In The Hate U Give we enter Starr’s world. She is the only witness to the shooting of an unarmed black boy, who also happens to be her childhood best friend. We are there from the start to the finish, from the shooting to the grand jury verdict and we observe and read each scene and experience a wave of emotions; shock, sadness, anger, defiance, hope, and hopelessness. All the while hoping that this will be the time when justice is finally served.
The struggles of Black Canadians who’ve paved the way for future generations must not be forgotten. During Black History Month we celebrate and remember the important contributions and achievements Black Canadians have made throughout history.
Four books by Black Canadian authors and illustrators are among the seventy books that are 2018 finalists for the prestigious Governor General’s Literary Awards (GGBooks).
Terry McMillan’s I Almost Forgot About You tells the story of Dr. Georgia Young, a successful optometrist, mother and grandmother, and a two-time divorcee.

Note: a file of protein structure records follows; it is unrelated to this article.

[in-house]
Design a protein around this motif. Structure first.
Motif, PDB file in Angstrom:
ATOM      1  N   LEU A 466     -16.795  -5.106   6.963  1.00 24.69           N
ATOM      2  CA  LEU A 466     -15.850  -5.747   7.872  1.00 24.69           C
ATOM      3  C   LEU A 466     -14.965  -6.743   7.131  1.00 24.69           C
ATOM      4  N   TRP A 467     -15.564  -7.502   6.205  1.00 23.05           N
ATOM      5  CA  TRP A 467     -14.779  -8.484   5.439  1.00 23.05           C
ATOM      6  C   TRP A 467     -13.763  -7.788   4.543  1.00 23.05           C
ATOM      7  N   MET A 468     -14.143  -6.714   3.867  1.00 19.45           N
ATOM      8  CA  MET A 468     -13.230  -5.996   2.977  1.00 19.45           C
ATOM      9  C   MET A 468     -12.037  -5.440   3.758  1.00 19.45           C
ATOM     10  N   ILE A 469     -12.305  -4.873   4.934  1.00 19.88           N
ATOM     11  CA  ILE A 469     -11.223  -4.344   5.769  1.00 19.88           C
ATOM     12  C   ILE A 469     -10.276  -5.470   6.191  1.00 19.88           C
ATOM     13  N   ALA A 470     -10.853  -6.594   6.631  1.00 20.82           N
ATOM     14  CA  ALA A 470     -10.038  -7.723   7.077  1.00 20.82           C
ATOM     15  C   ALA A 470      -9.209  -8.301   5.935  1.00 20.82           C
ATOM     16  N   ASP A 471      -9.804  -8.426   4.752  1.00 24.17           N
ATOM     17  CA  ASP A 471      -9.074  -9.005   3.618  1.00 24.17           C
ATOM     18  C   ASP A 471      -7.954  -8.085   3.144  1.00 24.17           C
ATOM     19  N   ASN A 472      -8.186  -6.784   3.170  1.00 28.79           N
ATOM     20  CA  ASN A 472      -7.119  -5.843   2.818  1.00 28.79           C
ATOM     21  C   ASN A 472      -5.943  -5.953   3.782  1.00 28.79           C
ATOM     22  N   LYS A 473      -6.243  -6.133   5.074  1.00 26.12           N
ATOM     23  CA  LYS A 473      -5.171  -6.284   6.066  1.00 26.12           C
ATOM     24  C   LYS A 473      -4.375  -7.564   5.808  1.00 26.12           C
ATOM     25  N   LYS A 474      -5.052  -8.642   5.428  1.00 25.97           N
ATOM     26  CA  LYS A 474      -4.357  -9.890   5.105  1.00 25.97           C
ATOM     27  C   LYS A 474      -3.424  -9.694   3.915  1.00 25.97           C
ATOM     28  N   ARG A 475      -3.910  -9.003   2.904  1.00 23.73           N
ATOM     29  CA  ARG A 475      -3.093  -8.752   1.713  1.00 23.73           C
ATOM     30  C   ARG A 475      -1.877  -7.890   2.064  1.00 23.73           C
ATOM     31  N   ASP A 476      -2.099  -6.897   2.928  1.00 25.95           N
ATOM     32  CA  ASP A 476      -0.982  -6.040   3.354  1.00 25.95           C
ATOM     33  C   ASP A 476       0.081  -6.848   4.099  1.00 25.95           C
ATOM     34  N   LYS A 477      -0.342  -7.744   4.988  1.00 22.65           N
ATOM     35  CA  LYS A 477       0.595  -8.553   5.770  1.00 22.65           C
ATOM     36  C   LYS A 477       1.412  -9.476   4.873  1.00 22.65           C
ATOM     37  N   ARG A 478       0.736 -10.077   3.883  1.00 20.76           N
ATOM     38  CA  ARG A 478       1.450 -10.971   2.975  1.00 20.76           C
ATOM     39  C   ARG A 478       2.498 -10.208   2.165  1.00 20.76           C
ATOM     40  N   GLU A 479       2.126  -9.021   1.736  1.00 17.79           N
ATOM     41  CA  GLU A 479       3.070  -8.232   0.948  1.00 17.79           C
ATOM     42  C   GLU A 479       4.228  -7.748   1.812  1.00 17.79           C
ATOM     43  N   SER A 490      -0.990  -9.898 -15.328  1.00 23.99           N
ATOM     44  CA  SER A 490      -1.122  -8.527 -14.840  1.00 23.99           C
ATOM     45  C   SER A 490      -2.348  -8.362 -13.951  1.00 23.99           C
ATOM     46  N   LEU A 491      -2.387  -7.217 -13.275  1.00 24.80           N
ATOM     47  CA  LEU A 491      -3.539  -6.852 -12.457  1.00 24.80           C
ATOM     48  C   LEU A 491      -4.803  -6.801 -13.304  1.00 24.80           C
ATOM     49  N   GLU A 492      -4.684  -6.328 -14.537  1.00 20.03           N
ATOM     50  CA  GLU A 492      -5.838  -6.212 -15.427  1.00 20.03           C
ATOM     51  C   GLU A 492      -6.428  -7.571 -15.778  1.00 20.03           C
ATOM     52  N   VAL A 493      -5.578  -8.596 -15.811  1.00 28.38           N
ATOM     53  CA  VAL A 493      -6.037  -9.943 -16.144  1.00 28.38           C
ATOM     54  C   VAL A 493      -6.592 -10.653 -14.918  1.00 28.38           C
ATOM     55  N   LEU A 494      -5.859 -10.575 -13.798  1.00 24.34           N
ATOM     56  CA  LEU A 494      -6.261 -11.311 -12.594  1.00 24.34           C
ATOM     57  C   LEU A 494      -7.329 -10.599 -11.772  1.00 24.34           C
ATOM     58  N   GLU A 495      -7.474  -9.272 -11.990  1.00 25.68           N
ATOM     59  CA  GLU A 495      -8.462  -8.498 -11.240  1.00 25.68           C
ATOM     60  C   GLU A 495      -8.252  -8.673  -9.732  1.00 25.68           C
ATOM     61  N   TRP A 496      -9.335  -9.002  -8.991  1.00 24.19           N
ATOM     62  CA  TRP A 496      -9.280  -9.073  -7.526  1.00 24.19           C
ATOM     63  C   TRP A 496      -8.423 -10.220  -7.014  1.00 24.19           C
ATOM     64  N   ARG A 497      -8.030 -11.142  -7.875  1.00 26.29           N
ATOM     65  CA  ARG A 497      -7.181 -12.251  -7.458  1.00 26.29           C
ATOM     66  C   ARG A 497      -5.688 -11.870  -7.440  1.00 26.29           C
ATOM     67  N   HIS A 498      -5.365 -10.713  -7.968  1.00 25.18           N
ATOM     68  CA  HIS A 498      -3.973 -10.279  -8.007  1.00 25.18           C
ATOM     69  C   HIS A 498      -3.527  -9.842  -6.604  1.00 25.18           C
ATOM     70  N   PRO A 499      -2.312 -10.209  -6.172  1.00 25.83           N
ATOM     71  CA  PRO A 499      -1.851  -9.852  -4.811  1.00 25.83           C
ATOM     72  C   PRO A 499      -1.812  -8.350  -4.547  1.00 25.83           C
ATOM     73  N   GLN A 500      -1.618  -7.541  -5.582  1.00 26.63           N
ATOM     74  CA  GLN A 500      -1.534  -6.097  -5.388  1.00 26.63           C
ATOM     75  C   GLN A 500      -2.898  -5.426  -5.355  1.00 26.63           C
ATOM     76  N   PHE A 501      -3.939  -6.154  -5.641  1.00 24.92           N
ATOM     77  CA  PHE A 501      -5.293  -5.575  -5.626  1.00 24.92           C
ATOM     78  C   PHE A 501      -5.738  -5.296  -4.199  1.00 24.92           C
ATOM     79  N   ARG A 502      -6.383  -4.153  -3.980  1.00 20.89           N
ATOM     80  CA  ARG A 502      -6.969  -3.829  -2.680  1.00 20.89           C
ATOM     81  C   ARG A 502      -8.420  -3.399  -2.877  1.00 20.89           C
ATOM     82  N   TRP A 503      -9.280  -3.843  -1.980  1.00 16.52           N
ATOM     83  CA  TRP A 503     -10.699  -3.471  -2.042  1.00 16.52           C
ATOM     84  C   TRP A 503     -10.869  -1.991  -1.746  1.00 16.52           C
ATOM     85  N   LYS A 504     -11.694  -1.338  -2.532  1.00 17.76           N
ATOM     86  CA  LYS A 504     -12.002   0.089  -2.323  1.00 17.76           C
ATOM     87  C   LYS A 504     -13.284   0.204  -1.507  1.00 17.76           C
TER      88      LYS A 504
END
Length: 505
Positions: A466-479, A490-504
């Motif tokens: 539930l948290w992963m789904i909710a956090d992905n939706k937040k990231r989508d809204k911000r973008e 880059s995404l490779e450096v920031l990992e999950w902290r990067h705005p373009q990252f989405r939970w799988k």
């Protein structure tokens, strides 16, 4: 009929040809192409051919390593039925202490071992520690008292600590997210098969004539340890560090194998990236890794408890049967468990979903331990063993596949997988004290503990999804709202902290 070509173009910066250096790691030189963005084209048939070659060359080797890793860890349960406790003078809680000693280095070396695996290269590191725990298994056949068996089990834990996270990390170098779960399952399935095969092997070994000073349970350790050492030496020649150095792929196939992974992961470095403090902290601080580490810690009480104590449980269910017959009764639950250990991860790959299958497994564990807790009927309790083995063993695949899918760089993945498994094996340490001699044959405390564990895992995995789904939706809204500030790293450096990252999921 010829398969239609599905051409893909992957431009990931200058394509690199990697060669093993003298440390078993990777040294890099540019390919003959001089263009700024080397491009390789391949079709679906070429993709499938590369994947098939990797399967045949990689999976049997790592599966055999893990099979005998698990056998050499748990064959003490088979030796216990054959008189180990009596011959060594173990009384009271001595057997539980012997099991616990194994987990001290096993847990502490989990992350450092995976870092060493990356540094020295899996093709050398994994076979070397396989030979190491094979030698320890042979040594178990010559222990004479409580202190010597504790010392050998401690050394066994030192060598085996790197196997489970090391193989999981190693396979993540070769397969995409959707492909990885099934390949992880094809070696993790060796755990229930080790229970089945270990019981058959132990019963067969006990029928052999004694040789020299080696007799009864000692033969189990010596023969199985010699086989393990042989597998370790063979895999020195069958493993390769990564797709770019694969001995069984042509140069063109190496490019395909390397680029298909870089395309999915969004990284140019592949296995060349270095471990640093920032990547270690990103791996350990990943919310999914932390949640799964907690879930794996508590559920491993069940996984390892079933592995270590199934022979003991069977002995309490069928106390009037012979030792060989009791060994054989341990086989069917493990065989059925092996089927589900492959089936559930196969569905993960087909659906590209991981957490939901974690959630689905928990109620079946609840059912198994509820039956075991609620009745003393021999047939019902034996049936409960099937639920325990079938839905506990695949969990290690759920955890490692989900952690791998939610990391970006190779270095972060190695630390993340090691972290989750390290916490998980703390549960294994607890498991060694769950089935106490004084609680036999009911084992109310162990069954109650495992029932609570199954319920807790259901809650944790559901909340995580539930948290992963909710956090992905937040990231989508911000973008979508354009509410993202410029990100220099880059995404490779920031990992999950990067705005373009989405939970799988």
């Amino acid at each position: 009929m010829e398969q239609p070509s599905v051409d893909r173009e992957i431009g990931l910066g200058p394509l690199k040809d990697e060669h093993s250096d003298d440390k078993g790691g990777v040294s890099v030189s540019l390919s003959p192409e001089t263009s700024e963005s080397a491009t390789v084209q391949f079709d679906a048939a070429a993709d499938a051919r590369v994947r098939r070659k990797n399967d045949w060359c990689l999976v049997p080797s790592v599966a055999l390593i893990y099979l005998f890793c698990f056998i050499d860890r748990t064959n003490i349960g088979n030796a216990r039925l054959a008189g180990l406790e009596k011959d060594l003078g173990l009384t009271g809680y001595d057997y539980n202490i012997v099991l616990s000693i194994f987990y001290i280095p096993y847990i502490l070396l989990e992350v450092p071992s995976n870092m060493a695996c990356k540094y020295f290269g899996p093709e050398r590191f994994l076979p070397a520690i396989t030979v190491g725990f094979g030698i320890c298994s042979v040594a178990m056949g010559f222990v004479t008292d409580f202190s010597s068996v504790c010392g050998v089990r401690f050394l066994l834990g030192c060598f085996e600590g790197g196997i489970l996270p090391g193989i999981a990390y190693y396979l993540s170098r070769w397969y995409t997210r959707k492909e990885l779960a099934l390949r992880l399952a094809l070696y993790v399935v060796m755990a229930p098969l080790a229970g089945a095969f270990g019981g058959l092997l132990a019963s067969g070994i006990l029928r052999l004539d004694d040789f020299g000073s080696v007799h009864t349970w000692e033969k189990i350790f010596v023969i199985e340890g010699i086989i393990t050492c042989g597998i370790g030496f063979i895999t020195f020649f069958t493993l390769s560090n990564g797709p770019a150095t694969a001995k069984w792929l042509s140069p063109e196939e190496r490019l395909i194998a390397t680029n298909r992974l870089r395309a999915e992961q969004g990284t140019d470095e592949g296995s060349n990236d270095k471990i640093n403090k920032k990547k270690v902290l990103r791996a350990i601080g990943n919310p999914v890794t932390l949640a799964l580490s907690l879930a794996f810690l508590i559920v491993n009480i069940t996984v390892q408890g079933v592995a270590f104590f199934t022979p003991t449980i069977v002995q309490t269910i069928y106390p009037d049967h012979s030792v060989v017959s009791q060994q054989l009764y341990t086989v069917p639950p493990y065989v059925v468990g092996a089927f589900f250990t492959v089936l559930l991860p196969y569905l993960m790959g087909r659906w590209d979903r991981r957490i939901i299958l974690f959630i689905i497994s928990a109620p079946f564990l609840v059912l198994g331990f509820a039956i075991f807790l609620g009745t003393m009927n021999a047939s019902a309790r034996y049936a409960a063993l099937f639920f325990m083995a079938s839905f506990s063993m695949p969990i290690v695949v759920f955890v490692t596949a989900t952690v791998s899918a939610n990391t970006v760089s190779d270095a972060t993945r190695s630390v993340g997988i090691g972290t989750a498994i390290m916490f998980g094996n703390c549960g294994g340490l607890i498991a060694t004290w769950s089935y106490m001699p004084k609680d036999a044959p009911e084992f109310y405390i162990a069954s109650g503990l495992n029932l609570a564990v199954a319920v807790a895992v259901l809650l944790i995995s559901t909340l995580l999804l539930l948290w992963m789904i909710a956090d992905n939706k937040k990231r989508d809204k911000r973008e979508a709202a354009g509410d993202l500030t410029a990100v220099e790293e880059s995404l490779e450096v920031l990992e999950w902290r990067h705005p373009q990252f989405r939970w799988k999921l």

Sherylee Honeyghan was halfway through her pregnancy when she learned that her baby’s left hand had not developed properly.
Robyn Maynard has spent most of her adult life documenting racist and gender-based violence against Black people in Canada, primarily in Montreal.
Written in 1993 by Ernest J. Gaines, A Lesson Before Dying was nominated for the Pulitzer Prize and won the 1993 National Book Circle Award for Fiction. Set in Bayonne, Louisiana between October 1947 and April 1948 it couldn’t be more relevant today.
Michele Tapp Roseman author of Hairlooms: The Untangled Truth About Loving Your Natural Hair and Beauty addresses and examines the challenges of black women in accepting their natural hair and beauty.
In full disclosure, I have never bought into the self-help, motivational non-fiction novel.